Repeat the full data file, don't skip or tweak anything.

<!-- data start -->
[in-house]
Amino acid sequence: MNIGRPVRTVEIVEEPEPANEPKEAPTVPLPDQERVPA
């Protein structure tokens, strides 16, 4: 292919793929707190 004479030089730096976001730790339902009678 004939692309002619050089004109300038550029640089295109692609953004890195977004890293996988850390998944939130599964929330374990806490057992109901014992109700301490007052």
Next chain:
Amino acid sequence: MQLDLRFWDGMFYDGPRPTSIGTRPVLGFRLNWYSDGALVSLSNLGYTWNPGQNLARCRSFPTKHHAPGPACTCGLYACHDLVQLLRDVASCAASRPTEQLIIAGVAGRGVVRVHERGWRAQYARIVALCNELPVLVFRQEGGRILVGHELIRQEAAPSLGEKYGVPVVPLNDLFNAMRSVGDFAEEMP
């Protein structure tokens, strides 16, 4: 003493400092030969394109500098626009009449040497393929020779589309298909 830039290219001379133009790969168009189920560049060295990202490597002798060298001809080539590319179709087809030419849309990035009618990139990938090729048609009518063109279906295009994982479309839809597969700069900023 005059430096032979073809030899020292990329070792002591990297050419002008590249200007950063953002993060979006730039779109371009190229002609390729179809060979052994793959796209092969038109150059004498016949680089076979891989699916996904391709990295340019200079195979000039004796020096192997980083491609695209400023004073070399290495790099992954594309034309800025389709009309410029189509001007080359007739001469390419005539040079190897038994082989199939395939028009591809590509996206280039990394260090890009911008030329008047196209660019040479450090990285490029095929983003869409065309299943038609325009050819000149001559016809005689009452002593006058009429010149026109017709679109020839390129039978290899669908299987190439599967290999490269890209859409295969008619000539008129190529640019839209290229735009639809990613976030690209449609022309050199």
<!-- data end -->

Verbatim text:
[in-house]
Amino acid sequence: MNIGRPVRTVEIVEEPEPANEPKEAPTVPLPDQERVPA
């Protein structure tokens, strides 16, 4: 292919793929707190 004479030089730096976001730790339902009678 004939692309002619050089004109300038550029640089295109692609953004890195977004890293996988850390998944939130599964929330374990806490057992109901014992109700301490007052």
Next chain:
Amino acid sequence: MQLDLRFWDGMFYDGPRPTSIGTRPVLGFRLNWYSDGALVSLSNLGYTWNPGQNLARCRSFPTKHHAPGPACTCGLYACHDLVQLLRDVASCAASRPTEQLIIAGVAGRGVVRVHERGWRAQYARIVALCNELPVLVFRQEGGRILVGHELIRQEAAPSLGEKYGVPVVPLNDLFNAMRSVGDFAEEMP
């Protein structure tokens, strides 16, 4: 003493400092030969394109500098626009009449040497393929020779589309298909 830039290219001379133009790969168009189920560049060295990202490597002798060298001809080539590319179709087809030419849309990035009618990139990938090729048609009518063109279906295009994982479309839809597969700069900023 005059430096032979073809030899020292990329070792002591990297050419002008590249200007950063953002993060979006730039779109371009190229002609390729179809060979052994793959796209092969038109150059004498016949680089076979891989699916996904391709990295340019200079195979000039004796020096192997980083491609695209400023004073070399290495790099992954594309034309800025389709009309410029189509001007080359007739001469390419005539040079190897038994082989199939395939028009591809590509996206280039990394260090890009911008030329008047196209660019040479450090990285490029095929983003869409065309299943038609325009050819000149001559016809005689009452002593006058009429010149026109017709679109020839390129039978290899669908299987190439599967290999490269890209859409295969008619000539008129190529640019839209290229735009639809990613976030690209449609022309050199």